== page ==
The challenge: learn how to conga as you dance through the streets of Havana during Carnival in January
Although it’s not nearly as famous as the world-renowned Rio Carnival, Cuba has its own raucous street celebration, with all the festivity and feasting of its Brazilian counterpart. If you happen to be in Havana on January 6 (Three Kings Day or Día de Reyes in Spanish), keep your ears alert for the sound of conga music echoing between the crumbling houses of Old Havana.
Pin it for later, because you wouldn’t want to miss this party:
How it all started
During the 16th century, slaves from Africa were transported on ships to work on the plantations in Cuba. For centuries afterwards, the slaves and their masters kept their cultures completely separate. Africans were allowed to organize street processions only on Sundays and major holidays. Three Kings Day during the Epiphany (January 6) was the most important of all, followed by Carnestolendas (a.k.a. Carnival) on Ash Wednesday.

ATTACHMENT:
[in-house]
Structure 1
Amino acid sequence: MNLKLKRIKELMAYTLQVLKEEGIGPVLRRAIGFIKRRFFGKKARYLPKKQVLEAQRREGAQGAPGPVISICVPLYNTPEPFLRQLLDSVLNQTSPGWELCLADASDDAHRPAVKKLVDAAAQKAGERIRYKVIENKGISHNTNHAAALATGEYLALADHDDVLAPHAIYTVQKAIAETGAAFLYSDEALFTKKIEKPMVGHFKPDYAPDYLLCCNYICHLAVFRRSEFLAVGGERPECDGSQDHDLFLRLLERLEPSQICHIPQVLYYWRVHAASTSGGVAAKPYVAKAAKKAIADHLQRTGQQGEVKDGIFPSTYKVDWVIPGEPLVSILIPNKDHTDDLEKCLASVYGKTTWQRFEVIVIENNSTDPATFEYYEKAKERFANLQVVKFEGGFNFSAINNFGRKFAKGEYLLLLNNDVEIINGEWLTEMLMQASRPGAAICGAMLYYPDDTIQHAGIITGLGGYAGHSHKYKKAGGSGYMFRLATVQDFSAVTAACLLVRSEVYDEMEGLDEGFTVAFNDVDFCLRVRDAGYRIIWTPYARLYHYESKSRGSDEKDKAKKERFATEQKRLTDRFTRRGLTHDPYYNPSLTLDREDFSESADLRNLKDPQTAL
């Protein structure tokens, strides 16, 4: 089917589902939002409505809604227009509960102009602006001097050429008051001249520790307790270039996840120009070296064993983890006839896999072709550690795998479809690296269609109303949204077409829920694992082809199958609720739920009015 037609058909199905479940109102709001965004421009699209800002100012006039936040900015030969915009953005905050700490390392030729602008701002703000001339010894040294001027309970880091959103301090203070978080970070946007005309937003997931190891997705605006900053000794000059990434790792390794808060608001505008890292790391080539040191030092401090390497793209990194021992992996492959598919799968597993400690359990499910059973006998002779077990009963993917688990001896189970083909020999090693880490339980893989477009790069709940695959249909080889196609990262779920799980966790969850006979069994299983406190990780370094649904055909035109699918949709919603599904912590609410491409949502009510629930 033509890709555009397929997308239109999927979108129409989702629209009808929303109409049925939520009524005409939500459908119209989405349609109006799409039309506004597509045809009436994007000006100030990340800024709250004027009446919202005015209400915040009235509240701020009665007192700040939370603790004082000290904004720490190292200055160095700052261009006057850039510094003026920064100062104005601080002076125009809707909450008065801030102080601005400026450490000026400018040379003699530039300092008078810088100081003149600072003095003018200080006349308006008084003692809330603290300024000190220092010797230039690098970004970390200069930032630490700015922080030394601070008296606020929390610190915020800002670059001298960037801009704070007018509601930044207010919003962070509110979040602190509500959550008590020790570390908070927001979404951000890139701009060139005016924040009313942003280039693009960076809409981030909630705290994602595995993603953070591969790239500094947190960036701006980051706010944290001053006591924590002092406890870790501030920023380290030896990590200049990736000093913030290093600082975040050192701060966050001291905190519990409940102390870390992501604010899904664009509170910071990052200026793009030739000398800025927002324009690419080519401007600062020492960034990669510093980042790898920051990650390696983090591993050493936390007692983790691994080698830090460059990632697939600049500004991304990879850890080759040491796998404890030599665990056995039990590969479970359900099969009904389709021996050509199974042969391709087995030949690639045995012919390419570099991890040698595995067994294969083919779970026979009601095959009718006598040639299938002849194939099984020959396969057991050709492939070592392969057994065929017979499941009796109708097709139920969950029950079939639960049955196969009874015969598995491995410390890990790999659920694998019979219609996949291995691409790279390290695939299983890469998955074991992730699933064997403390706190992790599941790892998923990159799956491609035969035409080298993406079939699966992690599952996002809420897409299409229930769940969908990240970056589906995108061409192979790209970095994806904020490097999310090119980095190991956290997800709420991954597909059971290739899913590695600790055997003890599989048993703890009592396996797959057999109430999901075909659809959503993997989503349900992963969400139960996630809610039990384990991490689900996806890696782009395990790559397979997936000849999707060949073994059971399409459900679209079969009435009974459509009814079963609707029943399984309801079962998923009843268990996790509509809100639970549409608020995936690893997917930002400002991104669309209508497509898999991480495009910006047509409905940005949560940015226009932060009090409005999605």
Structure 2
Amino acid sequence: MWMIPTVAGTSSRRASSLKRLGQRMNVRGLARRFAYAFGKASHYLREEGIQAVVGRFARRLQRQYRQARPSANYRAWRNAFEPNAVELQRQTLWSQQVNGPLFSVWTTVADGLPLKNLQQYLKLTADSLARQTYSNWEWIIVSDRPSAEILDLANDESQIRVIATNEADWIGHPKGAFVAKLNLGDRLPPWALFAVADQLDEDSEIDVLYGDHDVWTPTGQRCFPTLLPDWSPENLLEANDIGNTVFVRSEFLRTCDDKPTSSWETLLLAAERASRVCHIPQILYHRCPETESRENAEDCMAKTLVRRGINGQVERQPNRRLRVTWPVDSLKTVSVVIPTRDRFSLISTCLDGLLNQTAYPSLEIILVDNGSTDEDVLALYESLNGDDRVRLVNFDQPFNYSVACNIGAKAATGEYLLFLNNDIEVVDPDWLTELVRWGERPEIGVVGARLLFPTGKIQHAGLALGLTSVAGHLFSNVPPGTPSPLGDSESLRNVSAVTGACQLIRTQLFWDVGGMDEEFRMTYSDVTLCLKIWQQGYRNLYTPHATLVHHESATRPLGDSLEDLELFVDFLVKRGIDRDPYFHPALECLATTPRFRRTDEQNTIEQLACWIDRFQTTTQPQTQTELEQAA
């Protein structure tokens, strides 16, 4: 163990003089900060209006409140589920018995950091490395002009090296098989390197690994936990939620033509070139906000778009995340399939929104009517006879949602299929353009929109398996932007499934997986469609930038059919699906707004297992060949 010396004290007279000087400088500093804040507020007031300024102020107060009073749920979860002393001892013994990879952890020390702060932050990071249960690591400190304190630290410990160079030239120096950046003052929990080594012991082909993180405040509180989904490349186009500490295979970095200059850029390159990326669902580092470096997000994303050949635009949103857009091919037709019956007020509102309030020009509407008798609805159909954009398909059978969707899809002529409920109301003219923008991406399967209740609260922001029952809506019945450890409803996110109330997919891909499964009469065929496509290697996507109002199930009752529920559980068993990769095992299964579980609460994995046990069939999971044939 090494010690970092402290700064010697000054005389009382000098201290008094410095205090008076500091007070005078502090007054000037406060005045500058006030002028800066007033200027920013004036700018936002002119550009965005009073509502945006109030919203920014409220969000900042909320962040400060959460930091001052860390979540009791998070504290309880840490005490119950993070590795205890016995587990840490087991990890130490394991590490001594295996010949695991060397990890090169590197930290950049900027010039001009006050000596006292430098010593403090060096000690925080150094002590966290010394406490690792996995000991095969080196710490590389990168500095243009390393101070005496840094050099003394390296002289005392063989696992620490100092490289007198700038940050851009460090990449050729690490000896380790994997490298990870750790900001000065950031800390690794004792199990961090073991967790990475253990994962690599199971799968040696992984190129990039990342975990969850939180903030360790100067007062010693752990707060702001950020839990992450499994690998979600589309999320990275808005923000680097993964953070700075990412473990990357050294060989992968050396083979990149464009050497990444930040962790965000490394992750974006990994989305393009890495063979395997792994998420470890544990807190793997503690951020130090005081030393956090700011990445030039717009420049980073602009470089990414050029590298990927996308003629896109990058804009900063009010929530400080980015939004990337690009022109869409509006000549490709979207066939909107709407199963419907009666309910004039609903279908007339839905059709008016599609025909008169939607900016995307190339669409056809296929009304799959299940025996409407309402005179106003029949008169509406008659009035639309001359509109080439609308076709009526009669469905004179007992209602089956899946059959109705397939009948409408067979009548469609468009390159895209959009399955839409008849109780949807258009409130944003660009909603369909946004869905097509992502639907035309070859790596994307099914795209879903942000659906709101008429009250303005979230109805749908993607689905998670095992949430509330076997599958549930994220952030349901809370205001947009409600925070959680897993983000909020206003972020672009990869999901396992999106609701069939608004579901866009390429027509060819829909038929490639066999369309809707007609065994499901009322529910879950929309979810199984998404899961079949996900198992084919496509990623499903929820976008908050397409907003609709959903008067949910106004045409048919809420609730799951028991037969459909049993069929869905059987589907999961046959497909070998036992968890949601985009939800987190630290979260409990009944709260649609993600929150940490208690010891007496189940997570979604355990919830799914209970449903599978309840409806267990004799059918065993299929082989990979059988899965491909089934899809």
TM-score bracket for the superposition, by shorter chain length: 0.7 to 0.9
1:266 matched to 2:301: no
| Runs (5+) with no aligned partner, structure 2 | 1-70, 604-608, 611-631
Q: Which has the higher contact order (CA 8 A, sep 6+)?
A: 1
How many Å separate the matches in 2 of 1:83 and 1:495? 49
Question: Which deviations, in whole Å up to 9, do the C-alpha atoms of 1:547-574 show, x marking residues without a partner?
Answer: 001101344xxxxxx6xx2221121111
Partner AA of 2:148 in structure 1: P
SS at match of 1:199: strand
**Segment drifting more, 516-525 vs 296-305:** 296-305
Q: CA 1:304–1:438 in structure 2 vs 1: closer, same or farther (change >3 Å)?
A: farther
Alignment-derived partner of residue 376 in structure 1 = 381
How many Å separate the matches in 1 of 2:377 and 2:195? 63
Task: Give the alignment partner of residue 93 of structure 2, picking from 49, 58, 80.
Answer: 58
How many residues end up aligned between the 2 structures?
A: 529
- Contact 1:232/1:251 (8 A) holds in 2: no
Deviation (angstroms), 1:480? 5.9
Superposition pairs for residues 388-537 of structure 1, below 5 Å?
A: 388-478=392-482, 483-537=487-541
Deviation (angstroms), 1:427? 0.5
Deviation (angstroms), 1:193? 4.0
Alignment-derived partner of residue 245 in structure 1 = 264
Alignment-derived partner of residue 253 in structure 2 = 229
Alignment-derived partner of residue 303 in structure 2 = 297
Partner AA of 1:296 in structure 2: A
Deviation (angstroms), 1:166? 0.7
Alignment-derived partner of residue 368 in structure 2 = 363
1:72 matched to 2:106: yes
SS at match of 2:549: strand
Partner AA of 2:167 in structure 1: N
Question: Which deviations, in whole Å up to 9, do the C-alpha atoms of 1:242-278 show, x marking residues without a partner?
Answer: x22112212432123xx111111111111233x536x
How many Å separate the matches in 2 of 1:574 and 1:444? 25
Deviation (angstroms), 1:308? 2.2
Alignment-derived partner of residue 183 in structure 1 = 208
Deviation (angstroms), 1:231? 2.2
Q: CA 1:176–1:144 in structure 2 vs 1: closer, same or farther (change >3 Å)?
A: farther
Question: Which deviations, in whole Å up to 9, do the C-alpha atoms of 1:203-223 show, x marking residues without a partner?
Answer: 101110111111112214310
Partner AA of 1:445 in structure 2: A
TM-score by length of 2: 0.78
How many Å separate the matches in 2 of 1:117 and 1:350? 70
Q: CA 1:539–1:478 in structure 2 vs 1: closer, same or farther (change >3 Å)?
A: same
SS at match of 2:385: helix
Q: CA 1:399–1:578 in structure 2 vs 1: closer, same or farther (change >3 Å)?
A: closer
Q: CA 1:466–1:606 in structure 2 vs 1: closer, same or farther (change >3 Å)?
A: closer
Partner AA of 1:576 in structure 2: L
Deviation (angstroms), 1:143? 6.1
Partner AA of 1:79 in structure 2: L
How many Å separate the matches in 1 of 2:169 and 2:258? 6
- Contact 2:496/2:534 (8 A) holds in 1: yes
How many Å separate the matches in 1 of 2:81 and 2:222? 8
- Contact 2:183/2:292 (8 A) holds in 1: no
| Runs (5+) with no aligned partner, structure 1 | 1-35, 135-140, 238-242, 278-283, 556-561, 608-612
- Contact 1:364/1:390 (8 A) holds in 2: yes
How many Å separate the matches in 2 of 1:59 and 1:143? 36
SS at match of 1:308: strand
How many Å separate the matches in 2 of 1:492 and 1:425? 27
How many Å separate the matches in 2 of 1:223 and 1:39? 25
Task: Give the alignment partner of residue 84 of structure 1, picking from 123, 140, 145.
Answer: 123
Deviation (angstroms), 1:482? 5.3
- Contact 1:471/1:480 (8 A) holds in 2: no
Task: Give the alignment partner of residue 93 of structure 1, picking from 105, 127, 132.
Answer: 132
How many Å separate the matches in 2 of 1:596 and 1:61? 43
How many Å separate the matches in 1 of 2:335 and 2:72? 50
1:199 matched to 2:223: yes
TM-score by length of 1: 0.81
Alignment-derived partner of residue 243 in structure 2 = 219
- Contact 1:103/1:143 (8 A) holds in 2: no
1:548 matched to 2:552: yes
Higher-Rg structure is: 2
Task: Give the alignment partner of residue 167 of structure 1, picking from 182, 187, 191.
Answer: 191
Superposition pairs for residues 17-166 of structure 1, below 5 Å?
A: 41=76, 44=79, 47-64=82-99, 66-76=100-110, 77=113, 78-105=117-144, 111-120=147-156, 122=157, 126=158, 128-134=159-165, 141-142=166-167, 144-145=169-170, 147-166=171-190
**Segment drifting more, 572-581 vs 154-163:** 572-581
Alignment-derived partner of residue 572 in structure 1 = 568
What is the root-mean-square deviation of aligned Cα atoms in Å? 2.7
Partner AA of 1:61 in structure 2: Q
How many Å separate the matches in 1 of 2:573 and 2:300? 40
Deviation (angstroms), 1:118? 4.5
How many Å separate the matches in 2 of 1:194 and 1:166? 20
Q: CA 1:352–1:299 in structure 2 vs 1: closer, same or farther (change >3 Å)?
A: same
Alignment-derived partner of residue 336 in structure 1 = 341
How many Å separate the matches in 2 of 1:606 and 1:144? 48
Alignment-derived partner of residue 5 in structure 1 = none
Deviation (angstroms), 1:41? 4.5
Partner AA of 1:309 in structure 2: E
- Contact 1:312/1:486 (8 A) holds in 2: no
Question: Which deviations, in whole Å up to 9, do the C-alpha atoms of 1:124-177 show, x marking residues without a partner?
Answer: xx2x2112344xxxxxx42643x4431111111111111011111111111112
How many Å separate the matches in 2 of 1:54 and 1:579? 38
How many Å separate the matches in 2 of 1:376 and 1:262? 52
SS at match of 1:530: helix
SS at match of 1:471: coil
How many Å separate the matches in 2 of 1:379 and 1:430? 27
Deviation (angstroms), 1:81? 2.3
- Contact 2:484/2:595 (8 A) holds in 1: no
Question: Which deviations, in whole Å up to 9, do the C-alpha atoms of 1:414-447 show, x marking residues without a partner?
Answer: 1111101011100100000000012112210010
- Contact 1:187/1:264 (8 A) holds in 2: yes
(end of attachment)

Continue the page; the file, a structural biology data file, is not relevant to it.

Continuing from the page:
Participants in these celebrations were covered in feathered headpieces and African masks with horns and vegetable ornaments.
After the 1959 Cuban Revolution, Carnival was moved to July 26. The July rendition of Carnival still takes place, but in recent years the government has allowed modest celebrations in January, too, in order to attract more tourists. Don’t let this mislead you, though; the joy on the faces of the dancers – both professional and amateur – is genuine, if somewhat restrained.
Compare Three Kings Day in Havana in 1855:
… to the 21st century:
What you will see and hear at Carnival:
- Conga music performed by a live band.
- Conga dancers on stilts.
- Locals joining the party and helping you master the dance.
- Dancers giving you tiny little seashells as a souvenir.
Where and when to experience Carnival on Three Kings Day
January 6, on the streets of Old Havana. The procession moves along for a few hours, starting late in the morning.